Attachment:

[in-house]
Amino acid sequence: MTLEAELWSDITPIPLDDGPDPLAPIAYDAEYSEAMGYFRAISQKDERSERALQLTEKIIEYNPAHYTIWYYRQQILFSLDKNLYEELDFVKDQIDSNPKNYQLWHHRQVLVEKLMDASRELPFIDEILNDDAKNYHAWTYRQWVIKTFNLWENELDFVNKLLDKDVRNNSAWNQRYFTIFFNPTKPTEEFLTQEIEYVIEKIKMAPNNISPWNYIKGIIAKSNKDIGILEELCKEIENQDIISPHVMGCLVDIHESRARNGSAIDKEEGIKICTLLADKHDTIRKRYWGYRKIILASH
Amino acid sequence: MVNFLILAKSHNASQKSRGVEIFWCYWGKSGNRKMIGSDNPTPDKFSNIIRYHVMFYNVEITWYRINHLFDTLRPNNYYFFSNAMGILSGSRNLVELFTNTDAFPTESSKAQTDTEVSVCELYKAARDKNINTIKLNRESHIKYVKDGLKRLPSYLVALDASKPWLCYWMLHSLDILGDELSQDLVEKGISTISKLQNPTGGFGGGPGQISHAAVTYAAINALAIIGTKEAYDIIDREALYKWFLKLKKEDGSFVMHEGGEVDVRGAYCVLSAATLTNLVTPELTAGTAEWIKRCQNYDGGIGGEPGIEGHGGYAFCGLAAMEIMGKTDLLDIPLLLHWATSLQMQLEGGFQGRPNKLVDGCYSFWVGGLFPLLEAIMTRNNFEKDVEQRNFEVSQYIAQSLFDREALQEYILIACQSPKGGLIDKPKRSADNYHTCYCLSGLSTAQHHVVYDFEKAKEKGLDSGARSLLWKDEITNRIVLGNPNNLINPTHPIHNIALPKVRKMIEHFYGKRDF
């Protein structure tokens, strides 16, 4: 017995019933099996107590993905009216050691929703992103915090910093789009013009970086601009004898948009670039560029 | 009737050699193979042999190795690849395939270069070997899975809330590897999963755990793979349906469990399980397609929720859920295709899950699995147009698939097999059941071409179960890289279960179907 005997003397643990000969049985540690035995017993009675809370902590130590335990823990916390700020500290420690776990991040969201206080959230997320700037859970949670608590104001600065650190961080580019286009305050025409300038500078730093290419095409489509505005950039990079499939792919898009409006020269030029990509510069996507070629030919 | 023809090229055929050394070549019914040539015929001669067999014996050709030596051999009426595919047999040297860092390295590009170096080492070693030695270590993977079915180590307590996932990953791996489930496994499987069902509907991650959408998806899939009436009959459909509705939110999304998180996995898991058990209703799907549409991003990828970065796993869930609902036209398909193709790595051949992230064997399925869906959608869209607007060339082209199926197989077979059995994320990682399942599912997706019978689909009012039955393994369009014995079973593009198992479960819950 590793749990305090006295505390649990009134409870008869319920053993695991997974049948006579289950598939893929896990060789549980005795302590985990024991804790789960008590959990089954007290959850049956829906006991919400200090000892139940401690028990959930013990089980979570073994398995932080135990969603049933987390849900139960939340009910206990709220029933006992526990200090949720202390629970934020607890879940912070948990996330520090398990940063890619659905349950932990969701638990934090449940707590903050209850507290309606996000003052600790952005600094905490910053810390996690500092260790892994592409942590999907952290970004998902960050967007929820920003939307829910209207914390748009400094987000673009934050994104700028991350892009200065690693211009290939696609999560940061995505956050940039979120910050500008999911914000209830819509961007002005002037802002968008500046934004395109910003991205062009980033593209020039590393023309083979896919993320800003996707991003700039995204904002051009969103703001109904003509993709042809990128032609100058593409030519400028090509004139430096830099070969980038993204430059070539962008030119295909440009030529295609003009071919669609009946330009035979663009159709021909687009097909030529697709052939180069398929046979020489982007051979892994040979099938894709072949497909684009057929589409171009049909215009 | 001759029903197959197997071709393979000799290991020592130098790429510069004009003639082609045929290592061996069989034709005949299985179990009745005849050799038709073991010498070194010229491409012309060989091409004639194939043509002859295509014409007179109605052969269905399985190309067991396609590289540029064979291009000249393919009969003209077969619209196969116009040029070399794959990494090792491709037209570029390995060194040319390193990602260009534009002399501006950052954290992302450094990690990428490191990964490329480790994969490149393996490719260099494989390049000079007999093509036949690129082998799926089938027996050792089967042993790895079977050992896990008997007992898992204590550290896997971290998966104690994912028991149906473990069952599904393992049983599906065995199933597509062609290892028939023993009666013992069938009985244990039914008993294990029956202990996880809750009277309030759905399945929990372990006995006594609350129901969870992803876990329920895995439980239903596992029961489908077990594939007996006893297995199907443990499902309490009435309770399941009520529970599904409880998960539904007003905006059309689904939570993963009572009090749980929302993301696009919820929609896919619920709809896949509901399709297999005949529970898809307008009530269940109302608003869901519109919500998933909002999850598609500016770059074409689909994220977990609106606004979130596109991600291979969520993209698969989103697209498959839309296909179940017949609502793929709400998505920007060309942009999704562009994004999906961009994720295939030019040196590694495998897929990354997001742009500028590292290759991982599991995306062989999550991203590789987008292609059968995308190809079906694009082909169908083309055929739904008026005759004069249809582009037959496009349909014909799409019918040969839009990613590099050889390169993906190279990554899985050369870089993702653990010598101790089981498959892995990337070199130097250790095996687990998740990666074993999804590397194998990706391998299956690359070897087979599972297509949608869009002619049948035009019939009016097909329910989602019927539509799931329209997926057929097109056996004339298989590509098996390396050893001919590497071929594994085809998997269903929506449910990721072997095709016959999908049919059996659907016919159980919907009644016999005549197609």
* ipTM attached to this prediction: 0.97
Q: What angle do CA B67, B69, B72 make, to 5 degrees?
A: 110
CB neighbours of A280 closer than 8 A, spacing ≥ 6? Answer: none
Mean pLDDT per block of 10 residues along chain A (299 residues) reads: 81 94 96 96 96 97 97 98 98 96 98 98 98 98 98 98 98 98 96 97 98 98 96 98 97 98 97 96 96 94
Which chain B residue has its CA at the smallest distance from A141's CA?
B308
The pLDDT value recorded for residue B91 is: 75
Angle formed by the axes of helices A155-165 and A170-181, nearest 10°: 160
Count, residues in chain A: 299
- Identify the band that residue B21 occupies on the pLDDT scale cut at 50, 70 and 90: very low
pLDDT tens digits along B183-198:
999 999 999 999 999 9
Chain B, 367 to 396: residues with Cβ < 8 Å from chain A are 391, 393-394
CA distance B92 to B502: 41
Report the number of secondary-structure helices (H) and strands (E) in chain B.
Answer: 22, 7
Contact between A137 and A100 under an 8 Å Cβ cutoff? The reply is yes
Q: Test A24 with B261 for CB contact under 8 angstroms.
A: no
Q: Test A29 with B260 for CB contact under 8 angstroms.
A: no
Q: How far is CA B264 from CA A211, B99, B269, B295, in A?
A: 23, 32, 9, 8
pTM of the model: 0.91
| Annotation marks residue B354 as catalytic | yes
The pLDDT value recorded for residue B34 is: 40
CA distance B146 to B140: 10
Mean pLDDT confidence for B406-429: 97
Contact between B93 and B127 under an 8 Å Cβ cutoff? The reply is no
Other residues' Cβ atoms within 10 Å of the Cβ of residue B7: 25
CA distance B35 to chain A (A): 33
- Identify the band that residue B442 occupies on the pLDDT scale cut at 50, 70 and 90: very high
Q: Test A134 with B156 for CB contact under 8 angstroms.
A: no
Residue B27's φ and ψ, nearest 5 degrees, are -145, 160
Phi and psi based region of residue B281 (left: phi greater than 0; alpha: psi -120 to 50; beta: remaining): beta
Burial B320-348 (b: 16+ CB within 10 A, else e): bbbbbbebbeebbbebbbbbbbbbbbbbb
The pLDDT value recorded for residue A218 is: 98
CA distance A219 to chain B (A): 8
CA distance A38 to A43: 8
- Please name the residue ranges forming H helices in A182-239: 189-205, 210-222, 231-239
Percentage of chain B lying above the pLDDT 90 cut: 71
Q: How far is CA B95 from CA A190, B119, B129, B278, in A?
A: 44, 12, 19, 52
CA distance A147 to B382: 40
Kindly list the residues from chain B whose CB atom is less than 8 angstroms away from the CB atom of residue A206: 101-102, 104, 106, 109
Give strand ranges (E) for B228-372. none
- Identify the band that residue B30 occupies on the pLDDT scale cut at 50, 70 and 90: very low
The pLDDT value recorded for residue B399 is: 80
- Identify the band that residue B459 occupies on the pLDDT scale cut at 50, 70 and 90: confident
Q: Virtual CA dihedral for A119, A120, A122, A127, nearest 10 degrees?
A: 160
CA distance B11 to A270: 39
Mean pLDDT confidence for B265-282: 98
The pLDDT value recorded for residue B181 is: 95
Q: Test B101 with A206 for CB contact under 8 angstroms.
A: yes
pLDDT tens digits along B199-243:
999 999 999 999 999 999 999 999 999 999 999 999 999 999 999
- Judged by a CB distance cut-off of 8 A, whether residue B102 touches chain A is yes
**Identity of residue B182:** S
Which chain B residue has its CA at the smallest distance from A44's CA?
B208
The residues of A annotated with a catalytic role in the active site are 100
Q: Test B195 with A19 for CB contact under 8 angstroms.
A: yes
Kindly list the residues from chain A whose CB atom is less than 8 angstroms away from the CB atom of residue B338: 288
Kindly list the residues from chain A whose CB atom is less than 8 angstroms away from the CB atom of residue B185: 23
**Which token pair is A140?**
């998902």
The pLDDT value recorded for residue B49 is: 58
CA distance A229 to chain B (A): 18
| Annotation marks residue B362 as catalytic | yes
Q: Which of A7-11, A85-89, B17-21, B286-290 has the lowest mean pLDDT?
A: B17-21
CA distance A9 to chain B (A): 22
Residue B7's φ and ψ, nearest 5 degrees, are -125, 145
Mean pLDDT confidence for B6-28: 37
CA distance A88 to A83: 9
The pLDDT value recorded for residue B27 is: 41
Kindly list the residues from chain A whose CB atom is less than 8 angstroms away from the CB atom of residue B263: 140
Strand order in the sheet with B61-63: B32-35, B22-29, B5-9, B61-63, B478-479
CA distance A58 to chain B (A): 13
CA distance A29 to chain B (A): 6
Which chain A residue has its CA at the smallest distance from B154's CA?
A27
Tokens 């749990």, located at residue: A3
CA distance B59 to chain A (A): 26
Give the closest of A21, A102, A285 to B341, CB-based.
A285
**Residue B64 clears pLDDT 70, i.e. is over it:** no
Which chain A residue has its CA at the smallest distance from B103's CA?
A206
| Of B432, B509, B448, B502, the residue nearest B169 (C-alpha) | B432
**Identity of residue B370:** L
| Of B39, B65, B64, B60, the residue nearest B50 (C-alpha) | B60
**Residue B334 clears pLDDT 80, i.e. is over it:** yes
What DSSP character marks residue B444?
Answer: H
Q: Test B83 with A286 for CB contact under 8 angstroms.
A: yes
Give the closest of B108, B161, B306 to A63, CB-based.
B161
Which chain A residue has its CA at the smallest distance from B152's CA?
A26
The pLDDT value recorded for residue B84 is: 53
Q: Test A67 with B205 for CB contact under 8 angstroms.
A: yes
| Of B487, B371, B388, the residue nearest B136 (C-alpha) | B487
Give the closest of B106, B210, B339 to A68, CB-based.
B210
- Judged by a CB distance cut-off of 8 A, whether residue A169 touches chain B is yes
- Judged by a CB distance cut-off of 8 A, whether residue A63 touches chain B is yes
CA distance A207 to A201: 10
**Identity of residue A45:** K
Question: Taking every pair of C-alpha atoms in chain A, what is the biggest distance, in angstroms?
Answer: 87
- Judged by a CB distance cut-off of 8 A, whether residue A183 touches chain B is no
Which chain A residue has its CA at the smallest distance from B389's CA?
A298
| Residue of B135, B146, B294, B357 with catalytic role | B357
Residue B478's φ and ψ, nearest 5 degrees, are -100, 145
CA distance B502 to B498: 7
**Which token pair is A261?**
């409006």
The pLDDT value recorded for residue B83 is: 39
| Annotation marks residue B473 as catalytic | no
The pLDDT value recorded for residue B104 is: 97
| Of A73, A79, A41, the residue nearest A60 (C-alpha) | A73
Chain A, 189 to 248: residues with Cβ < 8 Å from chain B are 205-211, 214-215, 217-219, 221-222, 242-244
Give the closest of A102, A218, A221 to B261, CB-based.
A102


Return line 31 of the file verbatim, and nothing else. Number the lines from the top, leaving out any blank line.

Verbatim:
The pLDDT value recorded for residue B34 is: 40